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American Women's Club of Hamburg

Opera Goes Cinema

Juan

What a feast to the ears and the eyes this movie is! Casper Holten is one of Europe’s leading opera directors and he has succeeded in making a fascinating movie for his film debut. Of course, it would be hard to fail with the soundtrack of Mozart’s Don Giovanni as a backdrop, but Mr. Holten has taken the innovative step of making a movie as Mozart himself might have made it had he been alive today. So Don Giovanni becomes Juan (Christoper Maltman) who wears a smart suit instead of an eighteenth century waistcoat and silk tights. His sidekick Leperello (Mikhail Petrenko) looks like a down-at-heel student and Juan’s many lady conquests wear cocktail dresses, business suits or casual jeans as the scene demands.  Juan’s seductions take place near Copenhagen’s opera house, railway station and outside cafe. Swear words and graphic scenes have been added, no doubt to help give a modern feel to the movie.
This clever and confident movie makes you wonder what the brilliant Mr. Holten will do next.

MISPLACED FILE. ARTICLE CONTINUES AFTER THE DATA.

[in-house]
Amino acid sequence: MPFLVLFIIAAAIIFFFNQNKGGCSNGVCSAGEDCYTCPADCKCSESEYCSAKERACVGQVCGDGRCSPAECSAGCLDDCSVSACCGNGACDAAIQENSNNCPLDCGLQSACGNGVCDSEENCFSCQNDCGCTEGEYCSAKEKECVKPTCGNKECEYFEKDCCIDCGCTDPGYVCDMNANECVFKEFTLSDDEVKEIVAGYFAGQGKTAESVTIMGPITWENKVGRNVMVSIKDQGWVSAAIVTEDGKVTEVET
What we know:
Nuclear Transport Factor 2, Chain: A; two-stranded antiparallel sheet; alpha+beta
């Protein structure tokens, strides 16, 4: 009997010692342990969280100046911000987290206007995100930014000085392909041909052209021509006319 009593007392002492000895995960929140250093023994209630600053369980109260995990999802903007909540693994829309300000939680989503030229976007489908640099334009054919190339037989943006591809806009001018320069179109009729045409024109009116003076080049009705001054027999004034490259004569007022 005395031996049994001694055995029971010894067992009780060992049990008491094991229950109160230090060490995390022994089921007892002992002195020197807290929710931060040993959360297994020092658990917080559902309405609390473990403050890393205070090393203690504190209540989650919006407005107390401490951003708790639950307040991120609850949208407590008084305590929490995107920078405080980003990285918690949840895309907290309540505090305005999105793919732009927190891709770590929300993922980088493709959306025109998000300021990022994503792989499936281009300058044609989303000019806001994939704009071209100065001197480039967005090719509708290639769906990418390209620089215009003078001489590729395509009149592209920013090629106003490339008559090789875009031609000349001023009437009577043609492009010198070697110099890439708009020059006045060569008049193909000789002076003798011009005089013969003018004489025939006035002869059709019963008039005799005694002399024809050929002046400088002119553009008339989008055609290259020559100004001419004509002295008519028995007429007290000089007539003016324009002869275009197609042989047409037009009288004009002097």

Film Talk for Opera Lovers

Five people discussed making a film version of Mozart’s Don Giovanni which they called Juan: Michael Schønnemann, producer, Kasper Holten, director from Denmark, and three Swedish opera singers: Katija Dragojevic, Maria Bengtsson, and Ludwig Bengtson Lindström. When discussing the difference between putting opera on stage or on film, Holten stressed that casting is most important as each singer had to “look” the part. No fat lady could play a young girl. He began planning the film more than six years ago, and the cast was completed three years ago. As this presented a difficult, new role, he could only accept singers who were both enthusiastic and curious about the project. Although Holten directs opera at the Royal Copenhagen Opera House, this took different skills. For example, as Bengtson Lindström said, “Kasper kept telling me to do less, do less, you are acting too much.” I said, “Yes, but I’m not doing anything; I’m just standing here.” The whole opera was sung, with perhaps 20 spoken words added. The singers had mini speakers in their ears to keep time to the music. Often they had to work late into the night in chilly, empty old apartments all in Budapest. They agreed that Mozart is easier to film than perhaps Wagner or Verdi and singer don’t have the same control over the end-product as they would over an opera performance.

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